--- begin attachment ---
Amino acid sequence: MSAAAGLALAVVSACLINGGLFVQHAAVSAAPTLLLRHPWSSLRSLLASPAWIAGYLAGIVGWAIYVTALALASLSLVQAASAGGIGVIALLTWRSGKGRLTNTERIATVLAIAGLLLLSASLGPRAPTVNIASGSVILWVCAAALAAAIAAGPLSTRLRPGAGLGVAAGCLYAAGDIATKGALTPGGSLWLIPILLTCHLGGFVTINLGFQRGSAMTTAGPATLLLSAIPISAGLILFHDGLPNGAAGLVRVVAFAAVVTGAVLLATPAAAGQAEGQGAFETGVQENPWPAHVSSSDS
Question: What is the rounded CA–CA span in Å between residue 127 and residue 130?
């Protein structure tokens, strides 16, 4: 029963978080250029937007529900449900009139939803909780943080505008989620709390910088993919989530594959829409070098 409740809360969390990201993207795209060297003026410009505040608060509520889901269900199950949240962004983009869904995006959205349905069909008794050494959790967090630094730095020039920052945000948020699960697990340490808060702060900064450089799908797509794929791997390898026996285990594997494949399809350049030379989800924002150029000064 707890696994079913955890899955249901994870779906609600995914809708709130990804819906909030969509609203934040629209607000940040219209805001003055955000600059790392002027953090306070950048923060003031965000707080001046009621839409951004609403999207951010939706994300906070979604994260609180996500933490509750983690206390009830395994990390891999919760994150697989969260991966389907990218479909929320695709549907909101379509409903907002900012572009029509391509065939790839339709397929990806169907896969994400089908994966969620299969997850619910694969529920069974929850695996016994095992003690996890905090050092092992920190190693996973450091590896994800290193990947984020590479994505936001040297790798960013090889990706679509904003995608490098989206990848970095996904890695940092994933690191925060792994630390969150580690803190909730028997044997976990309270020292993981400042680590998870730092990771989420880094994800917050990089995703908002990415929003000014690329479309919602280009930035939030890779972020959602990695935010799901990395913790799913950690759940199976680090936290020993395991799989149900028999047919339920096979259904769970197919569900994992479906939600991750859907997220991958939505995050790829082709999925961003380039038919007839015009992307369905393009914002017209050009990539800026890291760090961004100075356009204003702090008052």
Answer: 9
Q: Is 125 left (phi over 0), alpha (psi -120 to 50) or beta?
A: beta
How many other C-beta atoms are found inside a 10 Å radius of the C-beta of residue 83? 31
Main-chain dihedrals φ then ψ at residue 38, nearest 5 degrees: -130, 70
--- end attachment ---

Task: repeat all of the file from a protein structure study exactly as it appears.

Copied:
Amino acid sequence: MSAAAGLALAVVSACLINGGLFVQHAAVSAAPTLLLRHPWSSLRSLLASPAWIAGYLAGIVGWAIYVTALALASLSLVQAASAGGIGVIALLTWRSGKGRLTNTERIATVLAIAGLLLLSASLGPRAPTVNIASGSVILWVCAAALAAAIAAGPLSTRLRPGAGLGVAAGCLYAAGDIATKGALTPGGSLWLIPILLTCHLGGFVTINLGFQRGSAMTTAGPATLLLSAIPISAGLILFHDGLPNGAAGLVRVVAFAAVVTGAVLLATPAAAGQAEGQGAFETGVQENPWPAHVSSSDS
Question: What is the rounded CA–CA span in Å between residue 127 and residue 130?
């Protein structure tokens, strides 16, 4: 029963978080250029937007529900449900009139939803909780943080505008989620709390910088993919989530594959829409070098 409740809360969390990201993207795209060297003026410009505040608060509520889901269900199950949240962004983009869904995006959205349905069909008794050494959790967090630094730095020039920052945000948020699960697990340490808060702060900064450089799908797509794929791997390898026996285990594997494949399809350049030379989800924002150029000064 707890696994079913955890899955249901994870779906609600995914809708709130990804819906909030969509609203934040629209607000940040219209805001003055955000600059790392002027953090306070950048923060003031965000707080001046009621839409951004609403999207951010939706994300906070979604994260609180996500933490509750983690206390009830395994990390891999919760994150697989969260991966389907990218479909929320695709549907909101379509409903907002900012572009029509391509065939790839339709397929990806169907896969994400089908994966969620299969997850619910694969529920069974929850695996016994095992003690996890905090050092092992920190190693996973450091590896994800290193990947984020590479994505936001040297790798960013090889990706679509904003995608490098989206990848970095996904890695940092994933690191925060792994630390969150580690803190909730028997044997976990309270020292993981400042680590998870730092990771989420880094994800917050990089995703908002990415929003000014690329479309919602280009930035939030890779972020959602990695935010799901990395913790799913950690759940199976680090936290020993395991799989149900028999047919339920096979259904769970197919569900994992479906939600991750859907997220991958939505995050790829082709999925961003380039038919007839015009992307369905393009914002017209050009990539800026890291760090961004100075356009204003702090008052």
Answer: 9
Q: Is 125 left (phi over 0), alpha (psi -120 to 50) or beta?
A: beta
How many other C-beta atoms are found inside a 10 Å radius of the C-beta of residue 83? 31
Main-chain dihedrals φ then ψ at residue 38, nearest 5 degrees: -130, 70